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Adsorption and Self-Assembly of Large Polycyclic Molecules on the Surfaces of TiO2 Single Crystals
AbstractTitanium dioxide is one of the most frequently studied metal oxides, and its (110) rutile surface serves as a prototypical model for the surface science of such materials. Recent studies have also shown that the (011) surface is relatively easy for preparation in ultra-high vacuum (UHV) and that both the (110) and (011) surfaces could be precisely characterized using scanning tunneling microscopy (STM). The supramolecular self-assembly of organic molecules on the surfaces of titanium dioxide plays an important role in nanofabrication, and it can control the formation and properties of nanostructures, leading to wide range of applications covering the fields of catalysis, coatings and fabrication of sensors and extends to the optoelectronic industry and medical usage. Although the majority of experiments and theoretical calculations are focused on the adsorption of relatively small organic species, in recent years, there has been increasing interest in the properties of larger molecules that have several aromatic rings in which functional units could also be observed. The purpose of this review is to summarize the achievements in the study of single polycyclic molecules and thin layers adsorbed onto the surfaces of single crystalline titanium dioxide over the past decade.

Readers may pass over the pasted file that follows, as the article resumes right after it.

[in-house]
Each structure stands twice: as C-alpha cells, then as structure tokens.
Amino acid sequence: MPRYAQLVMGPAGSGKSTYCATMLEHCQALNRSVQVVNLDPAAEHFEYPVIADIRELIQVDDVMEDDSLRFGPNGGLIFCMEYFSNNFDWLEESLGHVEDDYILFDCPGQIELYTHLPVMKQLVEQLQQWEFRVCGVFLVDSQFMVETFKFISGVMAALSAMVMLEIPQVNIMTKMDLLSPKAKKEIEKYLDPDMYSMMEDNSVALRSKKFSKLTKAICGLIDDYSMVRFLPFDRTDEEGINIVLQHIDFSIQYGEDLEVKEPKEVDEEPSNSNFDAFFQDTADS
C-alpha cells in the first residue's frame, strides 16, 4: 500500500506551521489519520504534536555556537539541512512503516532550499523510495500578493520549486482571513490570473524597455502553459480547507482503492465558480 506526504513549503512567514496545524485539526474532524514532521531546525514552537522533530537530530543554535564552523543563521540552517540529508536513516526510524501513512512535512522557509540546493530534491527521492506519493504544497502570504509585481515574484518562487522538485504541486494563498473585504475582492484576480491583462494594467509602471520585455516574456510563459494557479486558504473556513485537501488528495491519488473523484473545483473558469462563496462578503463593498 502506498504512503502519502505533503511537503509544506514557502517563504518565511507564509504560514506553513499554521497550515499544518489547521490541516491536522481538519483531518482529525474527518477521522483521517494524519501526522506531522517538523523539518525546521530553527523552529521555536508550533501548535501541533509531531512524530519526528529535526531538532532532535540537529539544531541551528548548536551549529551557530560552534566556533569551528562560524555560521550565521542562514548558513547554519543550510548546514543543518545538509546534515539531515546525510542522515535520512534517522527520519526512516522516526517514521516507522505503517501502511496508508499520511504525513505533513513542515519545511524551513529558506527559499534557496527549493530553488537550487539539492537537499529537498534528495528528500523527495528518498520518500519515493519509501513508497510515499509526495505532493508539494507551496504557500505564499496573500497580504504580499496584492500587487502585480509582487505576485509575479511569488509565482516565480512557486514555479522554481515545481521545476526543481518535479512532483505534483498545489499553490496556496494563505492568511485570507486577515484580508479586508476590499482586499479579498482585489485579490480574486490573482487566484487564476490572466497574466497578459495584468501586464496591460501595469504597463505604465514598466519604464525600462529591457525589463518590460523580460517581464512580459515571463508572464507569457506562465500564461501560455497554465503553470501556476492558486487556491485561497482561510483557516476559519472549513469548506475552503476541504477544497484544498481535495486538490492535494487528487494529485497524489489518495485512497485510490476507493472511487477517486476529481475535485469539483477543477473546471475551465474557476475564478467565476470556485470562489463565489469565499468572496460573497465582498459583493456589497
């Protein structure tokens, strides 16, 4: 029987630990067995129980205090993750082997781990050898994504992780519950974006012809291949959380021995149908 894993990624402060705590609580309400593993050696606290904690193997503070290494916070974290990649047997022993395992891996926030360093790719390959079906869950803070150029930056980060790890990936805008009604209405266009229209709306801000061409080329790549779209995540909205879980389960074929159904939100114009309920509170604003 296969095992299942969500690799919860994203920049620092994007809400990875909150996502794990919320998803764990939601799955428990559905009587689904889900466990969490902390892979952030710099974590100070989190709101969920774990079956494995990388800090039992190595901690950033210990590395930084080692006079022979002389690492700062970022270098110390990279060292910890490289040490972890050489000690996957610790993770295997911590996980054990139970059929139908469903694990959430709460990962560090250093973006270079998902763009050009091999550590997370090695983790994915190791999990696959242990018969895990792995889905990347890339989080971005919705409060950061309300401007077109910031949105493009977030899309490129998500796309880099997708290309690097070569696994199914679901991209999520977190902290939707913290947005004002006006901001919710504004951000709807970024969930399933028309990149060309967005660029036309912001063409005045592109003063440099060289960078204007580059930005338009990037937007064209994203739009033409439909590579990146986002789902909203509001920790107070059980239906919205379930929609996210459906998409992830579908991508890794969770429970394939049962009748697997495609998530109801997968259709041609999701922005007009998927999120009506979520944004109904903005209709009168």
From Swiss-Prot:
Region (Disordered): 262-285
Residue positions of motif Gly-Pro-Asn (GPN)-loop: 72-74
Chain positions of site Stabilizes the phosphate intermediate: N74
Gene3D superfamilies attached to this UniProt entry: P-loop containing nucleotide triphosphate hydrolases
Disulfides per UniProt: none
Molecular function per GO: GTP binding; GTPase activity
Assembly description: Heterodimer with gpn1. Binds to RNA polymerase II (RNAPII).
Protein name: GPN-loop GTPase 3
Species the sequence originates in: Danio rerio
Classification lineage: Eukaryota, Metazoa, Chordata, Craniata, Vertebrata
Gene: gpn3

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Godlewski, S.; Szymonski, M. Adsorption and Self-Assembly of Large Polycyclic Molecules on the Surfaces of TiO2 Single Crystals. Int. J. Mol. Sci. 2013, 14, 2946-2966.View more citation formats
Godlewski S, Szymonski M. Adsorption and Self-Assembly of Large Polycyclic Molecules on the Surfaces of TiO2 Single Crystals. International Journal of Molecular Sciences. 2013; 14(2):2946-2966.Chicago/Turabian Style
Godlewski, Szymon; Szymonski, Marek. 2013. "Adsorption and Self-Assembly of Large Polycyclic Molecules on the Surfaces of TiO2 Single Crystals." Int. J. Mol. Sci. 14, no. 2: 2946-2966.